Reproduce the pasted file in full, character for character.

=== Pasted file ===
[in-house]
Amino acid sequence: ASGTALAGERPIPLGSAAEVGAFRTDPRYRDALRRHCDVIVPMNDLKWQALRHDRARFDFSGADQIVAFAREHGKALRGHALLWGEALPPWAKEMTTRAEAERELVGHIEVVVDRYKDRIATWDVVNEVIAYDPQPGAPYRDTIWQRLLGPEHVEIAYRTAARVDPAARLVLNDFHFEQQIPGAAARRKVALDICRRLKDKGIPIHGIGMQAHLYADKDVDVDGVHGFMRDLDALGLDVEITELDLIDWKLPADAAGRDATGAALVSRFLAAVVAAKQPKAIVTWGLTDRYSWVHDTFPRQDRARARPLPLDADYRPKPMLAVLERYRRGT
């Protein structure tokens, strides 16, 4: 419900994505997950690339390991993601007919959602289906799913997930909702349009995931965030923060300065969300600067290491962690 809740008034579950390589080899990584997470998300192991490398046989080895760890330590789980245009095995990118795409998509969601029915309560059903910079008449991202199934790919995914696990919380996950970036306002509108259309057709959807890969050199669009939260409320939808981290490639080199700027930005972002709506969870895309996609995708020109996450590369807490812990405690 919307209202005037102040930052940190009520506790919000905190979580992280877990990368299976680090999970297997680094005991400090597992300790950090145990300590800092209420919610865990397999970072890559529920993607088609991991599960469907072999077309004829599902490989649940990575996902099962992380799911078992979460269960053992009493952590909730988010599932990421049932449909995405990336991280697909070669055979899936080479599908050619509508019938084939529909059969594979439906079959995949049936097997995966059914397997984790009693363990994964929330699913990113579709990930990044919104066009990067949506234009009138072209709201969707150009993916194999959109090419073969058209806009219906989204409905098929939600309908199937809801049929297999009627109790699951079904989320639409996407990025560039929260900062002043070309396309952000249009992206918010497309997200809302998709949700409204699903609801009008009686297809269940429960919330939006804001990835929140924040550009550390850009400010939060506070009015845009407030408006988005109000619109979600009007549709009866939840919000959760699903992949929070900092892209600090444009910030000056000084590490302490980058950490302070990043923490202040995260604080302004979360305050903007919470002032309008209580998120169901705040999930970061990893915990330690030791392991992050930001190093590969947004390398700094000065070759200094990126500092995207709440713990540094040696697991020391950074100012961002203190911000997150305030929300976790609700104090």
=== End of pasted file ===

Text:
[in-house]
Amino acid sequence: ASGTALAGERPIPLGSAAEVGAFRTDPRYRDALRRHCDVIVPMNDLKWQALRHDRARFDFSGADQIVAFAREHGKALRGHALLWGEALPPWAKEMTTRAEAERELVGHIEVVVDRYKDRIATWDVVNEVIAYDPQPGAPYRDTIWQRLLGPEHVEIAYRTAARVDPAARLVLNDFHFEQQIPGAAARRKVALDICRRLKDKGIPIHGIGMQAHLYADKDVDVDGVHGFMRDLDALGLDVEITELDLIDWKLPADAAGRDATGAALVSRFLAAVVAAKQPKAIVTWGLTDRYSWVHDTFPRQDRARARPLPLDADYRPKPMLAVLERYRRGT
């Protein structure tokens, strides 16, 4: 419900994505997950690339390991993601007919959602289906799913997930909702349009995931965030923060300065969300600067290491962690 809740008034579950390589080899990584997470998300192991490398046989080895760890330590789980245009095995990118795409998509969601029915309560059903910079008449991202199934790919995914696990919380996950970036306002509108259309057709959807890969050199669009939260409320939808981290490639080199700027930005972002709506969870895309996609995708020109996450590369807490812990405690 919307209202005037102040930052940190009520506790919000905190979580992280877990990368299976680090999970297997680094005991400090597992300790950090145990300590800092209420919610865990397999970072890559529920993607088609991991599960469907072999077309004829599902490989649940990575996902099962992380799911078992979460269960053992009493952590909730988010599932990421049932449909995405990336991280697909070669055979899936080479599908050619509508019938084939529909059969594979439906079959995949049936097997995966059914397997984790009693363990994964929330699913990113579709990930990044919104066009990067949506234009009138072209709201969707150009993916194999959109090419073969058209806009219906989204409905098929939600309908199937809801049929297999009627109790699951079904989320639409996407990025560039929260900062002043070309396309952000249009992206918010497309997200809302998709949700409204699903609801009008009686297809269940429960919330939006804001990835929140924040550009550390850009400010939060506070009015845009407030408006988005109000619109979600009007549709009866939840919000959760699903992949929070900092892209600090444009910030000056000084590490302490980058950490302070990043923490202040995260604080302004979360305050903007919470002032309008209580998120169901705040999930970061990893915990330690030791392991992050930001190093590969947004390398700094000065070759200094990126500092995207709440713990540094040696697991020391950074100012961002203190911000997150305030929300976790609700104090």